Red, White, or Blue Lights
In recent weeks we have experienced an increase in telephone calls concerning warning lights on security vehicles. The Private Security Act does not address this issue, however, reference is made to the Texas Transportation Code. Section 547.305, restrictions on use of lights which states:
- a motor vehicle lamp or illuminating device, other than a headlamp, stop lamp, auxiliary lamp, turn signal lamp, or emergency vehicle or school bus warning lamp, that projects a beam with an intensity brighter than 300 candlepower shall be directed so that no part of the high-intensity portion of the beam strikes the roadway at a distance of more than 75 feet from the vehicle.
- except as expressly authorized by law, a person may not operate or move equipment or a vehicle, other than a police vehicle with a lamp or device that displays a red light visible from directly in front of the center of the equipment or vehicle.
- a person may not operate a motor vehicle equipped with a red, white, or blue beacon, flashing, or alternating lights unless the equipment is:
- used as specifically authorized by this chapter; or
- a running lamp, tail lamp, backup lamp, or turn signal lamp that is used as authorized by law.
- a vehicle may be equipped with alternately flashing lighting equipment described by Section 547.701 or 547.702 only if the vehicle is:
- a school bus.
- an authorized emergency vehicle;
- a church bus that has the words “church bus” printed on the front and rear of the bus so as to be clearly discernable to other vehicle operators;
- a tow truck while under the direction of a law enforcement officer at the scene of an accident or while hooking up to a disabled vehicle on a roadway; or
- a tow truck with a mounted light bar, which has turn signals and stop lamps in addition to those required by Sections 547.322, 547.323, and 547.324, Transportation Code.
- a person may not operate highway maintenance or service equipment, including snow-removal equipment, that is not equipped with lamps or that does not display lighted lamps is required by the standards and specifications adapted by the Texas Department of Transportation.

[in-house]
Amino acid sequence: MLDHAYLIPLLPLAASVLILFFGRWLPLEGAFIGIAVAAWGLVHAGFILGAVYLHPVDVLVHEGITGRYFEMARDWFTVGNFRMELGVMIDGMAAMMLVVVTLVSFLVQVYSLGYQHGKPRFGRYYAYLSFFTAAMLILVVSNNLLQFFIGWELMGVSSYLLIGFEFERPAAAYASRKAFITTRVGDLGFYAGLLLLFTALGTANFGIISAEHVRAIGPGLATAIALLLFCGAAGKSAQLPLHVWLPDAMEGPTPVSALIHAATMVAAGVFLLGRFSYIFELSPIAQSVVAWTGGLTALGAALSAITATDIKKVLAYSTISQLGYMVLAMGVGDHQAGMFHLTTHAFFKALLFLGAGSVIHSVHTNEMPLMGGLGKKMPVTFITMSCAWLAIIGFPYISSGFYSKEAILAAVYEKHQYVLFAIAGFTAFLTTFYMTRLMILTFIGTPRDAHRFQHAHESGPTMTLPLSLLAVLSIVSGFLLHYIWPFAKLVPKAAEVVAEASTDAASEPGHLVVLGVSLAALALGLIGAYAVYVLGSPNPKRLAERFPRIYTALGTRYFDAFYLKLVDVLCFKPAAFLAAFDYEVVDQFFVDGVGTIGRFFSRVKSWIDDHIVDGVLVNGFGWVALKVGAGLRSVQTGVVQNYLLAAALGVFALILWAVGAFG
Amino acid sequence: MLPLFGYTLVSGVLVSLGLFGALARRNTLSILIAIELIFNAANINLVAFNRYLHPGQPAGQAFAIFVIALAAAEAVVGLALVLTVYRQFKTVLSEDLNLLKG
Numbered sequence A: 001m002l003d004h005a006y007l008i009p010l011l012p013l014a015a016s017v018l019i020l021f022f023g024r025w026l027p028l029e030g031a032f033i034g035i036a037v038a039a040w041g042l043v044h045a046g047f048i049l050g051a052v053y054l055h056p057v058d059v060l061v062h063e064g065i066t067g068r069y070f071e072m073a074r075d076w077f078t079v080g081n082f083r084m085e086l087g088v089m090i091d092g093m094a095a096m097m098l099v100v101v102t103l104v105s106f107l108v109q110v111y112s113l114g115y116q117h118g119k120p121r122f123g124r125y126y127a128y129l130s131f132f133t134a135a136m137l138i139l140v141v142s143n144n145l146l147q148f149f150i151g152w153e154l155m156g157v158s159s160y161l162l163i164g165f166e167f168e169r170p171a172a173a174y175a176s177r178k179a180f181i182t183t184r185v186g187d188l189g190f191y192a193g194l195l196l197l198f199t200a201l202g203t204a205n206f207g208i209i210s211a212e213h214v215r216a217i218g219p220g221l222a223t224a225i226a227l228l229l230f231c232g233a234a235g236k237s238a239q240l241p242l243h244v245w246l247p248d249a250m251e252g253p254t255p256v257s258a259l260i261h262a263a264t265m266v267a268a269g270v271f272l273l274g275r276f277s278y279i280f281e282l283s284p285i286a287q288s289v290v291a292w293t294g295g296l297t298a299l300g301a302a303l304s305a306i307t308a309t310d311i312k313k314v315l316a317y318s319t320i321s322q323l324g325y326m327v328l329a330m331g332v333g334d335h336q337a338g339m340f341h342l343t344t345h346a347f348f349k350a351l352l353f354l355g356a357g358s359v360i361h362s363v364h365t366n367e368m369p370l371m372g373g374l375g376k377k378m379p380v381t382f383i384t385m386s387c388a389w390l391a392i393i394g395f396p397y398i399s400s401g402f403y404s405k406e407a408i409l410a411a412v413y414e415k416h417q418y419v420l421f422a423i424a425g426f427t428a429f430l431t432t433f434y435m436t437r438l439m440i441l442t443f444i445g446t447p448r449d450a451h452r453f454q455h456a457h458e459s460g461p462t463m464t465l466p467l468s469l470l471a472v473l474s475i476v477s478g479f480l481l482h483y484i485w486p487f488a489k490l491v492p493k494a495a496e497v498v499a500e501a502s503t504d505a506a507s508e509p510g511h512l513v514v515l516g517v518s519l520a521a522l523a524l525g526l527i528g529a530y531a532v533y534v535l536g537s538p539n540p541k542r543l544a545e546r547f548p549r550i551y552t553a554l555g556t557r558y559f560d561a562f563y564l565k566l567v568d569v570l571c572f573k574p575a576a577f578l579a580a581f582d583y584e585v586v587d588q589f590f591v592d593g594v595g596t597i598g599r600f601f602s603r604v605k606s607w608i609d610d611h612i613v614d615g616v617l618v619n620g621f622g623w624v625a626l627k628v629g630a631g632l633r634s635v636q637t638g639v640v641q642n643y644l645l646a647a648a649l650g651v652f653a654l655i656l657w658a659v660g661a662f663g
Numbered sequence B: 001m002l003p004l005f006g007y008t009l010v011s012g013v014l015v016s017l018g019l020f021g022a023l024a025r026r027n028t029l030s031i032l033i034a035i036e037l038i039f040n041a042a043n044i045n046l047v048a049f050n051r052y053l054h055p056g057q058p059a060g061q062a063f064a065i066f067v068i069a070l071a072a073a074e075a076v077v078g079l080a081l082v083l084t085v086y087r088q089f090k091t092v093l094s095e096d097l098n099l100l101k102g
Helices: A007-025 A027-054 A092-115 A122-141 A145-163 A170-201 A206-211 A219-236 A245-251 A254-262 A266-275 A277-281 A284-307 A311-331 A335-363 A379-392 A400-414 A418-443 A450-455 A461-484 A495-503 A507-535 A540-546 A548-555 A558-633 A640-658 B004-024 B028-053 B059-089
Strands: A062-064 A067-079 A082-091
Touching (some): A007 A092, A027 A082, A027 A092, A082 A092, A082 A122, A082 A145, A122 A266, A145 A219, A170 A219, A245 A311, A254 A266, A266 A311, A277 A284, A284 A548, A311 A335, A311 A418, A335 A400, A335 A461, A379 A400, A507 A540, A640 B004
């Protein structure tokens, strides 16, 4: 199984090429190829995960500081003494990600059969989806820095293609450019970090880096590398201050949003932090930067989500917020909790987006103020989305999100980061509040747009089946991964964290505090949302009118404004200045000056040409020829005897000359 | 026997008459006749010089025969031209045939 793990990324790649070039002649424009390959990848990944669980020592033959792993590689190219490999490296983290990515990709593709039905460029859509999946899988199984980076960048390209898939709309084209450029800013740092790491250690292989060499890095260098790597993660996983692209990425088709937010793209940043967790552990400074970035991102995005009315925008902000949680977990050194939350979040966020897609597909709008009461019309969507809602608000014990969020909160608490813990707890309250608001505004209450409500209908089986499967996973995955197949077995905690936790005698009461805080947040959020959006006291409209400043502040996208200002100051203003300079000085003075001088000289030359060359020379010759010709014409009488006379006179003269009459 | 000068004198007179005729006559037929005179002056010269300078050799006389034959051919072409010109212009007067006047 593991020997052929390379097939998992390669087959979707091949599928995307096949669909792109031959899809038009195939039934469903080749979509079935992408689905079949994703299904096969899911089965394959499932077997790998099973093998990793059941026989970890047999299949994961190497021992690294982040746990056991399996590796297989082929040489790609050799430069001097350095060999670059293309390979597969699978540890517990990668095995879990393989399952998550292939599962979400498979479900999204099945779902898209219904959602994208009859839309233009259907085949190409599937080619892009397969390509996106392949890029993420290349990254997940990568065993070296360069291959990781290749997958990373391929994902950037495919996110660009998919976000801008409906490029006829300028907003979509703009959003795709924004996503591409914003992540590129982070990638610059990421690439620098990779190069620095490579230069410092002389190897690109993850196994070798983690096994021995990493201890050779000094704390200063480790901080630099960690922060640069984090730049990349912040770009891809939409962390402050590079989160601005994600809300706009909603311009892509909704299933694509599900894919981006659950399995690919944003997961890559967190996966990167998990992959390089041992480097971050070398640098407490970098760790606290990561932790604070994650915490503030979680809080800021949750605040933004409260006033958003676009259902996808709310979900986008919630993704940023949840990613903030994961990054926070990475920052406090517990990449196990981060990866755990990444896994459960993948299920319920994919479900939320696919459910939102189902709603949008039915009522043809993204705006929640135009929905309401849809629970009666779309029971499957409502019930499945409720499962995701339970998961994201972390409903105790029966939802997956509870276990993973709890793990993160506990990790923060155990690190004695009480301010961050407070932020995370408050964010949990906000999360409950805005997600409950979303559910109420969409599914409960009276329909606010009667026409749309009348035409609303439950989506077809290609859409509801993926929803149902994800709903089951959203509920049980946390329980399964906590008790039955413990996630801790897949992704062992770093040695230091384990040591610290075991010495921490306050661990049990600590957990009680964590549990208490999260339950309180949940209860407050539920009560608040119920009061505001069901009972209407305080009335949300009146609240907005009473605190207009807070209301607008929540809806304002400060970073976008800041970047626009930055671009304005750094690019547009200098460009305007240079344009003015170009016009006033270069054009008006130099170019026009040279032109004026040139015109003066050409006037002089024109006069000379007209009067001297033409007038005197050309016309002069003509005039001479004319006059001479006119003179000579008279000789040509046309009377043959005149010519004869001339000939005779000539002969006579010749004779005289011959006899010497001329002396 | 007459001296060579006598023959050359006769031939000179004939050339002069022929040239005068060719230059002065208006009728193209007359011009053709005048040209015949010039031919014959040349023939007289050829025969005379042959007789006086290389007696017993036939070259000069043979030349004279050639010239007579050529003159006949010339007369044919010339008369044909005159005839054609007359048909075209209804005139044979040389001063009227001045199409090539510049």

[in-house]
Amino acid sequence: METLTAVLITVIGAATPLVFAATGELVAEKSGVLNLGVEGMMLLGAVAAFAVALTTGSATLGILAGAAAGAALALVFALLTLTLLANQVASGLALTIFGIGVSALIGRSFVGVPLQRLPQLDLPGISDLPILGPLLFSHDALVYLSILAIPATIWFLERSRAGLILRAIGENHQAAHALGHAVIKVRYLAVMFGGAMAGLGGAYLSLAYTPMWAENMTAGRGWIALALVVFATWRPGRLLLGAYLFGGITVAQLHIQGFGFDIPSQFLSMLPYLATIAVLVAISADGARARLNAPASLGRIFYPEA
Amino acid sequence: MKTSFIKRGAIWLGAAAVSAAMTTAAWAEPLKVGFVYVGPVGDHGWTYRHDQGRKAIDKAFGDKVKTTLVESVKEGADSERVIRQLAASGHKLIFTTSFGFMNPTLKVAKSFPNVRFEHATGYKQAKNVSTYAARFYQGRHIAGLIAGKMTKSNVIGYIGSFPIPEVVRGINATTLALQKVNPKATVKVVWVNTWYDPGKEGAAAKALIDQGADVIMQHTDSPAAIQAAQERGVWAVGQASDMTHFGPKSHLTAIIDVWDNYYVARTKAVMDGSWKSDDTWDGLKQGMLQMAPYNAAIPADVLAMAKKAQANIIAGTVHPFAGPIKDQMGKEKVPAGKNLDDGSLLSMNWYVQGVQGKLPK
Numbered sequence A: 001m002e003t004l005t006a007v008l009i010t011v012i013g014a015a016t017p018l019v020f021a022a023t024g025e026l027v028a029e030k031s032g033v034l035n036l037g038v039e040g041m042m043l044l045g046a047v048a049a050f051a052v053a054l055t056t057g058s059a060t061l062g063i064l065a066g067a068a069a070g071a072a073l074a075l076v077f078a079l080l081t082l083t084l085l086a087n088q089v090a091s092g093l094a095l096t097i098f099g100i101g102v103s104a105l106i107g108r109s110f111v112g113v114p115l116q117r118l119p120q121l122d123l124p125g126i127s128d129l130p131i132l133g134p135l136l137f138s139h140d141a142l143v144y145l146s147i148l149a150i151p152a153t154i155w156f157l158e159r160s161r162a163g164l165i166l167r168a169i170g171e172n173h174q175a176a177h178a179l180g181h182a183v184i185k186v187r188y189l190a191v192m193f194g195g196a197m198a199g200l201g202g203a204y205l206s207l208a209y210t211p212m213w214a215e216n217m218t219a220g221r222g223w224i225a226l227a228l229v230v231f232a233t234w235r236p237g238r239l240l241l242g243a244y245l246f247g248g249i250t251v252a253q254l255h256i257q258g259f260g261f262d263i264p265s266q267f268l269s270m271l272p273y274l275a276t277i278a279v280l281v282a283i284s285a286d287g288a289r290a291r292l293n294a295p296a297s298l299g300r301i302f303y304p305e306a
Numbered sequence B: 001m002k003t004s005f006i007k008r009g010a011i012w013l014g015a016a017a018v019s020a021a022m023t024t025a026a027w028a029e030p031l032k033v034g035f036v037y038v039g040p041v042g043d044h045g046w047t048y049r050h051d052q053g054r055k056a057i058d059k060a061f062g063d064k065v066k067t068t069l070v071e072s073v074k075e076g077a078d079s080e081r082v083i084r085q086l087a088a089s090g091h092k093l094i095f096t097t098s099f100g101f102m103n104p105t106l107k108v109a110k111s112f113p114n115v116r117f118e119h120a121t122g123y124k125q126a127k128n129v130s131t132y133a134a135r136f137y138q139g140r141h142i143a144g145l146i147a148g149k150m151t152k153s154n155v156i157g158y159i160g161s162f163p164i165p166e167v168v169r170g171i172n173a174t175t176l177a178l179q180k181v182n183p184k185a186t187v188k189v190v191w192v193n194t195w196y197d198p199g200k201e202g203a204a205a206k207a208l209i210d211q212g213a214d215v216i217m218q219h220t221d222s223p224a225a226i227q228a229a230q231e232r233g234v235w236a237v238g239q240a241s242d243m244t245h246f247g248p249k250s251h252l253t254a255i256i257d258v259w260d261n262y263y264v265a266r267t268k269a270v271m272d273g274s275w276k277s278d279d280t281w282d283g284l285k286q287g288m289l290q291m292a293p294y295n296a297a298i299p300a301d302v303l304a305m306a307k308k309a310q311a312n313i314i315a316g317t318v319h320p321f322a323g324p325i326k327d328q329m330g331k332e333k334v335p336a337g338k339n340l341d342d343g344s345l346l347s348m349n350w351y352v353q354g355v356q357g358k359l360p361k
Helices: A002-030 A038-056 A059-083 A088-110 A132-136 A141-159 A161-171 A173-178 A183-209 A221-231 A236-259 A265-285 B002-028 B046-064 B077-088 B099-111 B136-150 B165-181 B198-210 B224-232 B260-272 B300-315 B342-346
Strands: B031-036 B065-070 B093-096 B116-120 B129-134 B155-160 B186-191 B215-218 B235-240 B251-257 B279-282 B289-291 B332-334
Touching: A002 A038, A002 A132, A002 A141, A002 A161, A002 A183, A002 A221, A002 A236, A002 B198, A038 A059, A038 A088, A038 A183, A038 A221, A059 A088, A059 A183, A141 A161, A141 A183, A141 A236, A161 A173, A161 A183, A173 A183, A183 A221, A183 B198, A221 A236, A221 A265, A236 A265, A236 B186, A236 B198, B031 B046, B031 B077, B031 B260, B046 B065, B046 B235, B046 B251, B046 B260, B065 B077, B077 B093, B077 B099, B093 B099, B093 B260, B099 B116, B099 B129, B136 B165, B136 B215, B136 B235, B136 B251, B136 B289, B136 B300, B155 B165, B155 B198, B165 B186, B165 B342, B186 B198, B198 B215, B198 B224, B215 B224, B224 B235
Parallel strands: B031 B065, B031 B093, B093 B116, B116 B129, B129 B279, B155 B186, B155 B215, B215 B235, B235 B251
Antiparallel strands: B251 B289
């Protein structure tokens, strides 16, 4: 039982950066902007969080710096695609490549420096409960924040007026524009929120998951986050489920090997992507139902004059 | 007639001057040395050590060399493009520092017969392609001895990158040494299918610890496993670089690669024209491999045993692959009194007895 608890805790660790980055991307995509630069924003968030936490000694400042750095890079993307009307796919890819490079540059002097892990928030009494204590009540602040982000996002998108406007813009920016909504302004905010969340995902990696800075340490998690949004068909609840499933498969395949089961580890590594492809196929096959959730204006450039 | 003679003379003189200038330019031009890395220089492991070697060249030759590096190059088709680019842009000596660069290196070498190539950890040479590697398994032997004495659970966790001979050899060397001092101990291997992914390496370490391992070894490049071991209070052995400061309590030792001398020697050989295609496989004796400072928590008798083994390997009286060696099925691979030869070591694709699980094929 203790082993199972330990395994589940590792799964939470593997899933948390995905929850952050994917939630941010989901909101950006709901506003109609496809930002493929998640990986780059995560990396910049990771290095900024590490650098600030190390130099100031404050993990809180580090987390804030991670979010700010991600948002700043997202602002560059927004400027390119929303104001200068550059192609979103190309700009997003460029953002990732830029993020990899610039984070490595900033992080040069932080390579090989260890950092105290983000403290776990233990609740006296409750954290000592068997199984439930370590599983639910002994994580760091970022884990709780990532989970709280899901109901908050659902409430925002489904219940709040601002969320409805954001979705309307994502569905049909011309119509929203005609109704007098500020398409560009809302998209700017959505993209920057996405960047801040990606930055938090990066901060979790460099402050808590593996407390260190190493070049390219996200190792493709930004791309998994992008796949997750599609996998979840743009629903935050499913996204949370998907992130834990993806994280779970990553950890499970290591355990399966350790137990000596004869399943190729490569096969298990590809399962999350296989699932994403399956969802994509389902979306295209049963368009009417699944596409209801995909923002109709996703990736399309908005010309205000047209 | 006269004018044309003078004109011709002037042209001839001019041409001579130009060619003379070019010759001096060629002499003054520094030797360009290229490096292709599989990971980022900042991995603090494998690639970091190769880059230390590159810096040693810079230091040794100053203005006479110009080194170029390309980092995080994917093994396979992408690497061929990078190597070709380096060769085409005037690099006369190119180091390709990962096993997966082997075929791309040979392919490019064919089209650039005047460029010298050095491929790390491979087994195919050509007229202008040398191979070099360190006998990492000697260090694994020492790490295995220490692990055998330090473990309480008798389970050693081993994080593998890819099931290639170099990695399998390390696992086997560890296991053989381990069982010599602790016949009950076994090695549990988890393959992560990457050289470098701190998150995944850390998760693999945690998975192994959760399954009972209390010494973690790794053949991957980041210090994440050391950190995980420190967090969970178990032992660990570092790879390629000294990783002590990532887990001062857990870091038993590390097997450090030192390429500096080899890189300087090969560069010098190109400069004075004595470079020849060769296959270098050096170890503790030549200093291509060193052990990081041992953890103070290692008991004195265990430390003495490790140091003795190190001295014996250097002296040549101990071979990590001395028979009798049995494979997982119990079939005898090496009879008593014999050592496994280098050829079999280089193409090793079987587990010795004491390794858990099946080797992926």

- in this section, “tow truck” means a motor vehicle or mechanical device that is adapted or used to tow, winch, or move a disabled vehicle.
Further information is available in Section 541.201 of the Transportation Code. In pertinent part, 541.201 states.
In this subtitle: (1)“Authorized emergency vehicle” means:
- a fire department or police vehicle.
- a public or private ambulance operated by a person who has been issued a license by the Texas Department of Health;
- a municipal department of public service corporation emergency vehicle that has been designated or authorized by the governing body of a municipality;
- a private vehicle of a volunteer firefighter or a certified emergency medical services employee or volunteer when responding to a fire alarm or medical emergency;
- an industrial emergency response vehicle, including an industrial ambulance, when responding to an emergency, but only if the vehicle is operated in compliance with criteria in effect September 1, 1989, and established by the Texas Industrial Fire Training Board of the State Firemen’s and Fire Marshall’s Association of Texas; or
- a vehicle of a blood bank or tissue bank, accredited or approved under laws of this State or the United States, when making emergency deliveries of blood, drugs, medicines, or organs.
Check with your local law enforcement agency or the Texas Highway Patrol if you have questions about these sections of the Transportation Code.